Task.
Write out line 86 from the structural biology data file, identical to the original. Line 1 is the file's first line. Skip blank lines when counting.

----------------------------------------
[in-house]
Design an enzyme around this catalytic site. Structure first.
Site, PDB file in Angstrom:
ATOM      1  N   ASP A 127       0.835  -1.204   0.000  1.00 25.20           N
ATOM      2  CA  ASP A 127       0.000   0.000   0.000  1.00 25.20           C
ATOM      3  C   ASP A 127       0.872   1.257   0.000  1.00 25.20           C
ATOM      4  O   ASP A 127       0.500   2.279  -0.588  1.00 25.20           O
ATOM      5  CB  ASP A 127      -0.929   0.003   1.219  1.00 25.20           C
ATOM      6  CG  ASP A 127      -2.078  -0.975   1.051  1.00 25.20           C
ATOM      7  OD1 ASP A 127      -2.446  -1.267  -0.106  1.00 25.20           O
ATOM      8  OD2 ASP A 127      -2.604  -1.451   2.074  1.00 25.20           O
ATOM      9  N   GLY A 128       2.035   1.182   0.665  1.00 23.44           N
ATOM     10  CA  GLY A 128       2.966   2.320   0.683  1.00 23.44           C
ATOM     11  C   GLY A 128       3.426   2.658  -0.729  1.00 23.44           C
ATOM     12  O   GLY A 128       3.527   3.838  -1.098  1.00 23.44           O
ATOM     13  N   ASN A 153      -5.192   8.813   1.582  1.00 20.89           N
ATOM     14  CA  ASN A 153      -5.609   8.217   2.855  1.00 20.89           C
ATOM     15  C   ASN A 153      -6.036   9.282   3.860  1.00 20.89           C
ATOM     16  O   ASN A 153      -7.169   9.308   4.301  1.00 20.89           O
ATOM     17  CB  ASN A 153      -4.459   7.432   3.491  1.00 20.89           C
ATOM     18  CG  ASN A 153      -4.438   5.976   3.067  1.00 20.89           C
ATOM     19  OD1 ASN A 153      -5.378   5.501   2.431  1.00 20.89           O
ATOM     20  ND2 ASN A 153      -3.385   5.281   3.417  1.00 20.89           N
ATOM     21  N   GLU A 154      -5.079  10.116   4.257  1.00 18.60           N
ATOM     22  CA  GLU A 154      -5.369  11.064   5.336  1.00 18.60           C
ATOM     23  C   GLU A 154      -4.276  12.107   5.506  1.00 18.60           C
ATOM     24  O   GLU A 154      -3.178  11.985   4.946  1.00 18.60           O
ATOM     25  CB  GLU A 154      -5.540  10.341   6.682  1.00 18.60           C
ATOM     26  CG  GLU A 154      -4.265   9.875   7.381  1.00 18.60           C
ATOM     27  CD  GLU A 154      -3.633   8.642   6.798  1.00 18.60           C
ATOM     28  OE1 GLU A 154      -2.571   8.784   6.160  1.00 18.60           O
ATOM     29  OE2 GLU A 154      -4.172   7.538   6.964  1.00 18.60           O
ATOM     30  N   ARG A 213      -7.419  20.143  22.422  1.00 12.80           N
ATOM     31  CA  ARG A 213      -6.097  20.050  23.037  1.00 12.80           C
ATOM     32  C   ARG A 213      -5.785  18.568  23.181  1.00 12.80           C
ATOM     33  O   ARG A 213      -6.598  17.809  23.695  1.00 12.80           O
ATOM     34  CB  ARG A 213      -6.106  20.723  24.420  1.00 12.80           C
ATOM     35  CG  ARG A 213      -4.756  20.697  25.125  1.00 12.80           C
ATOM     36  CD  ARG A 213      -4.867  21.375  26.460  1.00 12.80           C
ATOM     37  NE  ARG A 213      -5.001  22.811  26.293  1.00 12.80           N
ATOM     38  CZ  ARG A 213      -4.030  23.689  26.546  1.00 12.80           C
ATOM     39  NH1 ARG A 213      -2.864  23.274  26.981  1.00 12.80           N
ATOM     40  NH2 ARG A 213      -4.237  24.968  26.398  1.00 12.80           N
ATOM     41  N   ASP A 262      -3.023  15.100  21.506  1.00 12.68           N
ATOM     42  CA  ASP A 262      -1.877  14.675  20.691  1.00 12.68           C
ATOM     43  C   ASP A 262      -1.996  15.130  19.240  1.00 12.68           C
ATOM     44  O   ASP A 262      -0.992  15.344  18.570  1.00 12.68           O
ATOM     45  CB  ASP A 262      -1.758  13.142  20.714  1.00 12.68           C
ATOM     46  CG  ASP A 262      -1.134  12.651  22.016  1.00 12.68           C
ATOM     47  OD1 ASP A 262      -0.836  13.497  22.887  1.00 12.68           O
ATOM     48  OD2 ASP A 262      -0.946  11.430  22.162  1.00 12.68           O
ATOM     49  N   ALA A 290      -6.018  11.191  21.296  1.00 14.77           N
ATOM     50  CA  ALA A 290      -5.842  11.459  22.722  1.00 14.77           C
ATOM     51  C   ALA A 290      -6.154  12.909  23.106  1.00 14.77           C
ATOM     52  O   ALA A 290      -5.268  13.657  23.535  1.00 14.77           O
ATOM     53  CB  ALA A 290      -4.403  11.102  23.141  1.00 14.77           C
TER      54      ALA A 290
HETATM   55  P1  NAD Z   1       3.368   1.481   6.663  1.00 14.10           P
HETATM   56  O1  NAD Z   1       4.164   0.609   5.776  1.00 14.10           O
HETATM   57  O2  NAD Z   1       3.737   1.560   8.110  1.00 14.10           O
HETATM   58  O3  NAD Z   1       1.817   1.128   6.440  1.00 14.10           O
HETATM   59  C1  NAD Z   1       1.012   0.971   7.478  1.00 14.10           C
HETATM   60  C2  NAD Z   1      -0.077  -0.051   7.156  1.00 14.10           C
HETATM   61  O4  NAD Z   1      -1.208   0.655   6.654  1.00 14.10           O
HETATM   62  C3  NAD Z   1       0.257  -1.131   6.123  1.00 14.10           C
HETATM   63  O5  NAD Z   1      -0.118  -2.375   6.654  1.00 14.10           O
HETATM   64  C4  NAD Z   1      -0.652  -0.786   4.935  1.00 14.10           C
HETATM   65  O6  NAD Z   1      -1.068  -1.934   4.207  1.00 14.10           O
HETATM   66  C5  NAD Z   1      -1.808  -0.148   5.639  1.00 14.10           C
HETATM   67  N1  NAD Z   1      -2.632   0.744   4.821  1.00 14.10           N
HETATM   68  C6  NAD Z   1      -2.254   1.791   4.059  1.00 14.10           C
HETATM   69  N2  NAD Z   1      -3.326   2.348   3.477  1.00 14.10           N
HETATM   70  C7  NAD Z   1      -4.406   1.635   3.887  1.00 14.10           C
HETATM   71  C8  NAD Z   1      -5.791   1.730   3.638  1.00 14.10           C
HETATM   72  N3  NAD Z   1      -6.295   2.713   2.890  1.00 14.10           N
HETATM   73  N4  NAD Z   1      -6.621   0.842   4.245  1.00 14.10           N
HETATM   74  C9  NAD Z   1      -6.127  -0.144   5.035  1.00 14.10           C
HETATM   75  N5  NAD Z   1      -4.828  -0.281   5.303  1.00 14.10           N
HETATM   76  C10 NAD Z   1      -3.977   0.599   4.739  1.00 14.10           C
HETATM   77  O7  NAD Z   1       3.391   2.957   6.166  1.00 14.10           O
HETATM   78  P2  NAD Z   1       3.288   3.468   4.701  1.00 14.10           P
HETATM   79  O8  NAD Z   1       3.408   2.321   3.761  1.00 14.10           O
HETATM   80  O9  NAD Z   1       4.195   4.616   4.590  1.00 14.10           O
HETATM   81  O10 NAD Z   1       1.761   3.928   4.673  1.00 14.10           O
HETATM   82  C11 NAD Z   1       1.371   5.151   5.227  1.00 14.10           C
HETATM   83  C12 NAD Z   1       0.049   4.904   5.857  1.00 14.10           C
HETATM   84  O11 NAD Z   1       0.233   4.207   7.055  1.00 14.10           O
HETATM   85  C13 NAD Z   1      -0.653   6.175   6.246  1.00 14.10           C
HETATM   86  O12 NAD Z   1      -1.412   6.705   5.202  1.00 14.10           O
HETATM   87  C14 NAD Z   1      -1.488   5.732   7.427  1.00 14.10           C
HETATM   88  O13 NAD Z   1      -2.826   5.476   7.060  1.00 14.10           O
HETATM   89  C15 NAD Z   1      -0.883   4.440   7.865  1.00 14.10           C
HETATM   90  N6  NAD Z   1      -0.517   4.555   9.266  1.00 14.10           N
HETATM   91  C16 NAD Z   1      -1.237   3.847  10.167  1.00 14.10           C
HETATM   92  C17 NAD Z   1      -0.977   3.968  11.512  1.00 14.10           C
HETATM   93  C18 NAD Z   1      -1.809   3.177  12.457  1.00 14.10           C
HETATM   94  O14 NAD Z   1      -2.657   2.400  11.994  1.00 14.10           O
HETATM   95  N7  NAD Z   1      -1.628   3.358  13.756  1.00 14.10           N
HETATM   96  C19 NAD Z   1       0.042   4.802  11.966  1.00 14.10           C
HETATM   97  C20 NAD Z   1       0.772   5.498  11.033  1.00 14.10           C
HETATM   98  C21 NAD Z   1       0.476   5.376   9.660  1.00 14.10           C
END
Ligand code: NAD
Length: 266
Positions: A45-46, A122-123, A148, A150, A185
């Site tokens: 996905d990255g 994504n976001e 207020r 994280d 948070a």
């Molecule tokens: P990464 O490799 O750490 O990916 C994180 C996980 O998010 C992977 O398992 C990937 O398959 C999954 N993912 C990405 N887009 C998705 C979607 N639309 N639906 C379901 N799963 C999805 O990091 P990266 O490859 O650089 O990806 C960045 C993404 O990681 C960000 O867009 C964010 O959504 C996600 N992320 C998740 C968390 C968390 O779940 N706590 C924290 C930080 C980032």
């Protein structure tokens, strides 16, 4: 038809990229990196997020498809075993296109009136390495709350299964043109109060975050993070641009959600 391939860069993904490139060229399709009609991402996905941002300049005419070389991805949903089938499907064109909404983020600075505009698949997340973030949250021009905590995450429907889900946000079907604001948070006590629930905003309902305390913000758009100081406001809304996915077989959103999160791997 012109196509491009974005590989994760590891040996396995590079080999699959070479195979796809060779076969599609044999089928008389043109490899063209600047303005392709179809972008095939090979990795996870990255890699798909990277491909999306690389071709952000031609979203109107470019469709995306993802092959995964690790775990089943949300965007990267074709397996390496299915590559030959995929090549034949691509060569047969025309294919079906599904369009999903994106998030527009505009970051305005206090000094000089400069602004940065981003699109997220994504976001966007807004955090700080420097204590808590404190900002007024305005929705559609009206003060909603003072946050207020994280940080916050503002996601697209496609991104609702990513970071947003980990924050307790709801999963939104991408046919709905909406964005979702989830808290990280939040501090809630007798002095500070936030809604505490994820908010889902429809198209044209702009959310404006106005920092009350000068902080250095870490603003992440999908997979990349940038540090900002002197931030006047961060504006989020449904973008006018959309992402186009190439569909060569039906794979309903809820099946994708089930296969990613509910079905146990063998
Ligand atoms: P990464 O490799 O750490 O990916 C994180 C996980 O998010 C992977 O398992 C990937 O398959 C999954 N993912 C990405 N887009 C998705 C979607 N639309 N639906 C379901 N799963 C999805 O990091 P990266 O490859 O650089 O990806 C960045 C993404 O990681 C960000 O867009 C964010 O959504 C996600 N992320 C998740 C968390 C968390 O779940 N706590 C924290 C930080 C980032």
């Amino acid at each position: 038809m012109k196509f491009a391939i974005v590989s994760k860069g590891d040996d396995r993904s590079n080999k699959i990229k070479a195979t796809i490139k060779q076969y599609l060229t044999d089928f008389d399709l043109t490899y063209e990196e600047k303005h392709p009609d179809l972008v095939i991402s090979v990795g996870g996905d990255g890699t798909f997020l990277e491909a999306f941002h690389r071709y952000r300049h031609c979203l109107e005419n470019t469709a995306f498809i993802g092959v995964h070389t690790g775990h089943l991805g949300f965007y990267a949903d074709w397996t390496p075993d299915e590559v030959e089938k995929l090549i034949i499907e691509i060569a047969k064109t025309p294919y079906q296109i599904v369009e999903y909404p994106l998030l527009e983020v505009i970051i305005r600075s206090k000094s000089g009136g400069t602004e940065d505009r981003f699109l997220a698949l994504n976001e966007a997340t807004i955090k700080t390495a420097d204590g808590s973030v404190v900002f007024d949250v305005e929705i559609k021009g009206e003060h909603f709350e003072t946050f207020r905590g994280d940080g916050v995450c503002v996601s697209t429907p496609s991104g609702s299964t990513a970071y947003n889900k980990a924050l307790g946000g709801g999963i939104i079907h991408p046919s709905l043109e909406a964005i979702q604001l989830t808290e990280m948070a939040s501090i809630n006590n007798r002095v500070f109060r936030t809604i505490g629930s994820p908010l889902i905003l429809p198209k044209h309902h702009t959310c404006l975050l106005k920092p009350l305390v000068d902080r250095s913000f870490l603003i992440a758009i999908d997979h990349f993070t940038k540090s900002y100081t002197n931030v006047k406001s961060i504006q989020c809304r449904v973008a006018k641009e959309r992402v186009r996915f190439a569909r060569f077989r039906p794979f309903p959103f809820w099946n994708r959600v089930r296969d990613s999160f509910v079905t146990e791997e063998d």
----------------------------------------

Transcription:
HETATM   83  C12 NAD Z   1       0.049   4.904   5.857  1.00 14.10           C